On appeal, the Fifth District affirmed the trial court’s ruling.  The Fifth District looked to the plain language of the MMWA and FTC rules and held that the FTC rules apply specifically to “informal dispute settlement mechanisms”, but are silent as to the “completely separate process of binding arbitration.”  Krol v. FCA US, LLC, 273 So. 3d 198, 208 (Fla. 5th DCA 2019).  In reaching its decision, the Fifth District rejected the FTC’s position that binding arbitration is not permitted under the MMWA and expressly found it was.  When it affirmed the trial court’s ruling, the Fifth District Court of Appeal also certified a conflict with the Third District Court of Appeal’s decision in Larrain v. Bengal Motor Co. Ltd., which held that a binding arbitration agreement must comply with the FTC’s single document rule. 

In the Florida Supreme Court, Krol raised three subsections of the single document rule which he claimed require disclosure of the binding arbitration provision in the warranty—specifically 16 C.F.R. § 701.3(a)(3), (5), and (6).  The Florida Supreme Court focused on the specific plain language of the single document rule, and wasted little space rejecting Krol’s arguments regarding subsections (3) and (5) because “neither has anything to do with the legal remedies available to the consumer when a warrantor fails to honor its obligation.”  Krol, No. SC19-952.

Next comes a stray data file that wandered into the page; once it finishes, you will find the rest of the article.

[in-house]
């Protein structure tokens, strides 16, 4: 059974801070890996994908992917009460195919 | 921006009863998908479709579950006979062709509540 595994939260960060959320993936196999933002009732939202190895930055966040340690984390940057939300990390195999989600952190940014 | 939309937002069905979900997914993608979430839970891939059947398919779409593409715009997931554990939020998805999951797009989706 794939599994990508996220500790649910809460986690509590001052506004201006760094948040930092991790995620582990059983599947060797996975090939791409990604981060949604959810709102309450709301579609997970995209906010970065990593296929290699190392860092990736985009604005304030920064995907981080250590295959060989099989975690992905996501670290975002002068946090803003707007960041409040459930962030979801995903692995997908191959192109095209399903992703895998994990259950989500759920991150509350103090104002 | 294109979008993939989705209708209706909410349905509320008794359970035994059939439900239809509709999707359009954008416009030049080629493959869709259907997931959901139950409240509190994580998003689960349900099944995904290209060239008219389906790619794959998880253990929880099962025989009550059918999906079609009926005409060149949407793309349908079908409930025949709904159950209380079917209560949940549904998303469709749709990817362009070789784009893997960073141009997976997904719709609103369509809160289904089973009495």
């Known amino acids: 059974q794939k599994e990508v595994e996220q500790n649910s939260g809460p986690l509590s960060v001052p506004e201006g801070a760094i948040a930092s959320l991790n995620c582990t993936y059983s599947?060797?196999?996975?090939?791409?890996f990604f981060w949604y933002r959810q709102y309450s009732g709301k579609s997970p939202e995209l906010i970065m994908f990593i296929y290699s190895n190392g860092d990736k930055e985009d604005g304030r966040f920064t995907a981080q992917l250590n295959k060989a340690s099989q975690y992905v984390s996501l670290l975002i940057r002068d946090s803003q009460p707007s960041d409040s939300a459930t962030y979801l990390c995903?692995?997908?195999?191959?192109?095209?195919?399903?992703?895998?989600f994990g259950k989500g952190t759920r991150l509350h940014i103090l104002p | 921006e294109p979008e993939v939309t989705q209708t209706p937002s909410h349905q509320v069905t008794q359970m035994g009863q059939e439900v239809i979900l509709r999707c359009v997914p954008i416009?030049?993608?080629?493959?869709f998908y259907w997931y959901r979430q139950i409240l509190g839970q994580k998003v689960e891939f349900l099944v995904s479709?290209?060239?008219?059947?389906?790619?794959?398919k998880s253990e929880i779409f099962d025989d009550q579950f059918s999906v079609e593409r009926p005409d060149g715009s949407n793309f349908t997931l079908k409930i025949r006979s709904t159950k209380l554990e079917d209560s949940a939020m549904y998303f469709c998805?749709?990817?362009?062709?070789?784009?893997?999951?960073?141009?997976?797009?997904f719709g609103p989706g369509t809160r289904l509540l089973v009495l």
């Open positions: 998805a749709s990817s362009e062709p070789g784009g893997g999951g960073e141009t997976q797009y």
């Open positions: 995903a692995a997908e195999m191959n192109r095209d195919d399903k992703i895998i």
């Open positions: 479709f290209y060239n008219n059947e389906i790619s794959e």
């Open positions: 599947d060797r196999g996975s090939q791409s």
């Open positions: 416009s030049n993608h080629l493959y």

The Court focused the remainder of its decision explaining subsection (6) which requires the disclosure of information related to an “informal dispute settlement mechanism.”  16 C.F.R. 701.3(a)(6).  Krol attempted to equate the MMWA’s non-binding “informal dispute settlement mechanism” with binding arbitration.  The Florida Supreme Court rejected this argument and again looked to the plain language of 16 C.F.R. § 701 in addition to the MMWA’s requirements for an “informal dispute settlement mechanism.”  As succinctly stated by Fifth District Court of Appeal and quoted by the Florida Supreme Court: “‘binding arbitration is not comparable to the informal dispute settlement procedures described in  [the MMWA] because it is not a prerequisite to litigation—it is a substitute for litigation.’”